TOPEKA (AP) - Kansas lawmakers scrambled Friday to adjust to a new political landscape after three federal judges redrew the state's voting districts and created more than two dozen open legislative seats and potential incumbent-on-incumbent matchups.
WASHINGTON (MCT) – West Coast oil refiners cut gasoline production after a fire earlier this year at a Washington state refinery, creating a supply shortage that's left West Coast motorists now paying very high prices at a time when the rest of the nation is seeing prices plunge, according to an influential senator and a veteran energy analyst.
BLOOMINGTON, Ind. (MCT) – Let's be clear at the outset, the Obama administration's decision to delay building part of the Keystone XL pipeline has contributed to Canadian public dialogue about the need to seek alternative markets for its oil reserves.
TUSCALOOSA, Ala. (MCT) – U.S. energy policies – specifically President Obama's delay of a decision pending further environmental-impact study for a part of the Keystone Pipeline – are pushing Canada into a closer trading relationship with China.
Paul W. Hammans, 68, died June 9 at Great Bend. He was born Aug. 2, 1943 at Florence, the son of John and Ethel (Roberts) Hammans. He was a 1972 graduate of the University of Kansas with a Bachelor of Business Administration degree. He married Martha Weller June 23, 1973 at Great Bend. They later divorced. He then married Karen Ueckert April 16, 1988 at Great Bend.
William Dennis Medlock I, 84, of Great Bend, died on June 3 at Via Christi-St. Francis Medical Center in Wichita. Born Aug. 10, 1927 in Jethro, Ark., he was the son of George Leonard and Julia (White) Medlock. He began working on petroleum pipelines moving with his job, coming to Kansas in 1942. He settled in the Great Bend area and had made his home here since, working for Thunderbird Drilling as a cable tool driller for 19 years until his retirement. On Aug. 17, 1978 he was united in marriage to Evelyn Sally (Krestine) Strus at Ozark, Ark.
NESS CITY - Reita Mae Gabel, 73, passed away on June 6 at the Rhode Island Suites in Ransom. Born July 4, 1938 in Marion she was the daughter of George and Lorena Kuhn Bessel. On July 4, 1956 she married Milton "Stubby" Gabel in Oak Harbor, Mich. They were divorced and he later preceded her in death in May of 2002. She worked as a nurses' aide for many years.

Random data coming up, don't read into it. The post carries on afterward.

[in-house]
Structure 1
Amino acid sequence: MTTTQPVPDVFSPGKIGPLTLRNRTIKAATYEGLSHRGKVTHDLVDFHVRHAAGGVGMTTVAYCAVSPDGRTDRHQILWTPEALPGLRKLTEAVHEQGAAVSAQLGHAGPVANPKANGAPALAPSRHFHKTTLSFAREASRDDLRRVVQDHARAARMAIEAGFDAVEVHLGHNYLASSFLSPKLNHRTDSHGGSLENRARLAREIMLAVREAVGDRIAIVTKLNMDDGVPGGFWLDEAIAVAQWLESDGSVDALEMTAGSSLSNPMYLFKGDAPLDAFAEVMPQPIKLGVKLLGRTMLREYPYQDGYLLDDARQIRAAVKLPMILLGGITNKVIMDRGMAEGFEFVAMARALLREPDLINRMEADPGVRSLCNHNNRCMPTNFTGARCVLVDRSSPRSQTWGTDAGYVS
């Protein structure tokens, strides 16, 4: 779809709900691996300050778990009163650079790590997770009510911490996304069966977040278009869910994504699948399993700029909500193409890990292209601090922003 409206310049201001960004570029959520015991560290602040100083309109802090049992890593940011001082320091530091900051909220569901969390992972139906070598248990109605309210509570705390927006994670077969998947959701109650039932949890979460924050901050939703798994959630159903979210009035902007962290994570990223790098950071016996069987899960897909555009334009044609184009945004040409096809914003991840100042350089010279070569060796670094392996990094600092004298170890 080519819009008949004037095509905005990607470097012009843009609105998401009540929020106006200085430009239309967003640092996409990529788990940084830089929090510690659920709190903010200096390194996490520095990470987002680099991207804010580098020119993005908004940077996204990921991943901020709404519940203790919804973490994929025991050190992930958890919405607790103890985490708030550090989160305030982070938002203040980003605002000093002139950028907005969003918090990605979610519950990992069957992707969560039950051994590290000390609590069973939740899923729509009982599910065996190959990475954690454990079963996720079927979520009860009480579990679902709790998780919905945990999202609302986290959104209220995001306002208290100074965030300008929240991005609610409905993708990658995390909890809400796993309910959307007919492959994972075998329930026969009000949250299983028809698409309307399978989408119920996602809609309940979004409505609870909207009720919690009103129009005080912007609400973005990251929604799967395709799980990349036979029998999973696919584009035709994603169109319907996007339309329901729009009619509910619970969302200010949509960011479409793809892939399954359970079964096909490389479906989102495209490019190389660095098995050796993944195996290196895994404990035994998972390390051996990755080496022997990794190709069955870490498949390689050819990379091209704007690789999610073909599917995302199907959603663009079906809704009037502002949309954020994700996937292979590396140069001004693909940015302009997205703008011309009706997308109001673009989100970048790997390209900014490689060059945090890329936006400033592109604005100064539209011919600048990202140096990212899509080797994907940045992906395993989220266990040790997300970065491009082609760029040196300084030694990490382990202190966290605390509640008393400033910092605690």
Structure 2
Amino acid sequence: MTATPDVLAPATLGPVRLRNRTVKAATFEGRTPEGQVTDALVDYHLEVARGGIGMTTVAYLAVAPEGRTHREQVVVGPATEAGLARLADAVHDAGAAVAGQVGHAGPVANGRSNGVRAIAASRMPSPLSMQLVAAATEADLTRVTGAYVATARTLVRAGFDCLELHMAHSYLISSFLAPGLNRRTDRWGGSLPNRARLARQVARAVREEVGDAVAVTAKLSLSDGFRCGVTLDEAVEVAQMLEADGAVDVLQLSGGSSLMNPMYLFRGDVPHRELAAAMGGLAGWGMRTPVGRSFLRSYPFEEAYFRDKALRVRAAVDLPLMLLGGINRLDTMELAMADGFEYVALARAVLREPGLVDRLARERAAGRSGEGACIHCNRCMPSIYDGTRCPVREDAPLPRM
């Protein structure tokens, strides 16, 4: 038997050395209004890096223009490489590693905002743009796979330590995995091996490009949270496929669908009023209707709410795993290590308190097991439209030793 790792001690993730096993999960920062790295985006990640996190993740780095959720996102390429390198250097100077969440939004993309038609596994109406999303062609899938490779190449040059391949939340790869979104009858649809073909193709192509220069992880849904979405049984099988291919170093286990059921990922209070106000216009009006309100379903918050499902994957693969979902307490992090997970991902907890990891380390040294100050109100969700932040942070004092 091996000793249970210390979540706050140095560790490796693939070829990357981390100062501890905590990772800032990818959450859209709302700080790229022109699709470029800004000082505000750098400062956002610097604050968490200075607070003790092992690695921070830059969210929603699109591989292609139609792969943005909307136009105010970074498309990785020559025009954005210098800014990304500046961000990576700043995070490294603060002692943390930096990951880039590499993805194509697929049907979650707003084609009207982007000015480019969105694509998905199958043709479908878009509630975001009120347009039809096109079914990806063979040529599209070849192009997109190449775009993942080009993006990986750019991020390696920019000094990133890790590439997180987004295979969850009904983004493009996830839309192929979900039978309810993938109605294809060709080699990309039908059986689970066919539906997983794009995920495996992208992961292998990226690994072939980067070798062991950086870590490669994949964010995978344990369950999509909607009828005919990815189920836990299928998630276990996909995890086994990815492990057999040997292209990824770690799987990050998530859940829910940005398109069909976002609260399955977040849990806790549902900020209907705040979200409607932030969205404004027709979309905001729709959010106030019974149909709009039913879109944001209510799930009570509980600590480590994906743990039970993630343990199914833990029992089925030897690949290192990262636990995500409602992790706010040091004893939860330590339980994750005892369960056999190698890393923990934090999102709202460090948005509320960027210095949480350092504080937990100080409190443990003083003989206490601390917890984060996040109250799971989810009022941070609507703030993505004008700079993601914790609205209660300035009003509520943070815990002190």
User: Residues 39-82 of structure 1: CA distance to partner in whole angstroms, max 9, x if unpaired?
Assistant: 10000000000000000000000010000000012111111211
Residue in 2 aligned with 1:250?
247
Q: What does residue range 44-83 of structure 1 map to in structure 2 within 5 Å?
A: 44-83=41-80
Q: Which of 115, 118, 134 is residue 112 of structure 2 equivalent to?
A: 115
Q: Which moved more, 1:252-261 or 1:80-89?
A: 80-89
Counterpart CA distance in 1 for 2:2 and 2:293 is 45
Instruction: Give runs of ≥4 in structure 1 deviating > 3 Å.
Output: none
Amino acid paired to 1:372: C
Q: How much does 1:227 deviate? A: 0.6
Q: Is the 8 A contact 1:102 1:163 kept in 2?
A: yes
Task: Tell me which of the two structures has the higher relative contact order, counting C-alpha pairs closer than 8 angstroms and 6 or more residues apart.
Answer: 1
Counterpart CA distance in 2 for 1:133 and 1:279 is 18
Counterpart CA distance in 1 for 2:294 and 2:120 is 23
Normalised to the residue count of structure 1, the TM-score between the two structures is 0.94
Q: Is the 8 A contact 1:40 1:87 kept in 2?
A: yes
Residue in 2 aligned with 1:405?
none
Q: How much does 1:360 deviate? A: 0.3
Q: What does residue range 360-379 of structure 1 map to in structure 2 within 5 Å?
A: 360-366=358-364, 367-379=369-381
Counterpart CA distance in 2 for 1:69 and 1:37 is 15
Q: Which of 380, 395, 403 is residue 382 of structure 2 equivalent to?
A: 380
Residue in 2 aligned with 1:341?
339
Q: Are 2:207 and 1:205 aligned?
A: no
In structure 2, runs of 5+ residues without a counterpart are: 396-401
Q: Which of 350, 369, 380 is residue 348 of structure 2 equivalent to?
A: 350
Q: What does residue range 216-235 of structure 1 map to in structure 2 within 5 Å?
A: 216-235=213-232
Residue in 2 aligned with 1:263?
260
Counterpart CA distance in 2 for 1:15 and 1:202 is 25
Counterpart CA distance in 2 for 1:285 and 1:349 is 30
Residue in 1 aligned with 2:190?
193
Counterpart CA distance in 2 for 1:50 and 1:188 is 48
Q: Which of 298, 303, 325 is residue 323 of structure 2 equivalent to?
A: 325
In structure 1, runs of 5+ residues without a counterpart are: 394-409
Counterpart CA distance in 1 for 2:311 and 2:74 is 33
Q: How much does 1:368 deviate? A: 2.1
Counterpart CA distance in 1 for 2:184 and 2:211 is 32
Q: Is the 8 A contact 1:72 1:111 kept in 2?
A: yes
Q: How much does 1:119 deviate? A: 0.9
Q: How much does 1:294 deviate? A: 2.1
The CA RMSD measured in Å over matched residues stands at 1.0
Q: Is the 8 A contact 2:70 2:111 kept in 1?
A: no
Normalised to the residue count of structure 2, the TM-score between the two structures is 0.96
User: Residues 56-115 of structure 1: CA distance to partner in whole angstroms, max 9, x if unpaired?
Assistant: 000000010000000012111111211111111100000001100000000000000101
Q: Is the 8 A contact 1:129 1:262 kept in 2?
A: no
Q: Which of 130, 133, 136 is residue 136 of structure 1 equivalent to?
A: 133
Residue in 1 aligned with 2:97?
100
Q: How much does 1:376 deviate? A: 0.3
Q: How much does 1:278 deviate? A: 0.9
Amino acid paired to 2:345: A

Kans for Kids Fighting Cancer came full circle last month when Katie Schwartz, Omaha, Neb., graduated from Millard South High School. Katie was diagnosed with an undifferentiated sarcoma the size of a small volleyball when she was 9 months old on Sept. 14, 1994. Her two cousins, Sarah, 11, and Shane Reif, 8, Hoisington, began recycling aluminum cans to help with Katie's medical expenses.
Rosewood Services Inc. opened its doors 14 years ago as a small agency with a new approach to serving people with developmental disabilities. Clients and guardians alike have responded favorably since that time. The small start-up back then has evolved into the largest agency in the southwest region of Kansas today, according to Tammy Hammond, Rosewood's founder and executive director.
The following individuals have registered at the Barton County Clerk's Office for the positions of precinct committeeman or committeewoman in the Republican party. The list shows the precinct name, committeeman, committeewoman.
The following well-balanced and nutritious Friendship Meals will be served for lunch at the Great Bend Senior Center, 2005 Kansas Ave. Meals are served with milk; donations for coffee and tea are accepted.
I had never really thought about such books existing, but the May 8 "Newsweek" reports that Amish romance novels are big business, accounting for as much as half of the inspirational fiction market and involving dozens of new titles each month.
It's graduation season for secondary and post-secondary education. Some graduates are continuing their formal education and many are looking for work. Many are still trying to figure out their career. Too many have never considered agriculture as a career path for a variety of perceived reasons: low wages, poor benefits, they don't hire women, less than desirable working conditions, no experience in agriculture, no jobs, no opportunity for advancement. All of those perceptions are wrong. This column isn't saying there aren't less than desirable jobs in agriculture but these jobs are shrinking as agriculture adapts to ...
MANHATTAN - Outstanding undergraduate research in topics ranging from presidential history to biosystems engineering has earned several Kansas State University students the Kirmser Undergraduate Research Award, presented through the K-State Libraries.
MANHATTAN - Nathan Legleiter always wanted a Kansas State University degree, but he needed a way to complete it while living and working in the Great Bend area. He used a special partnership between Barton Community College and the university to complete his bachelor's degree in general business.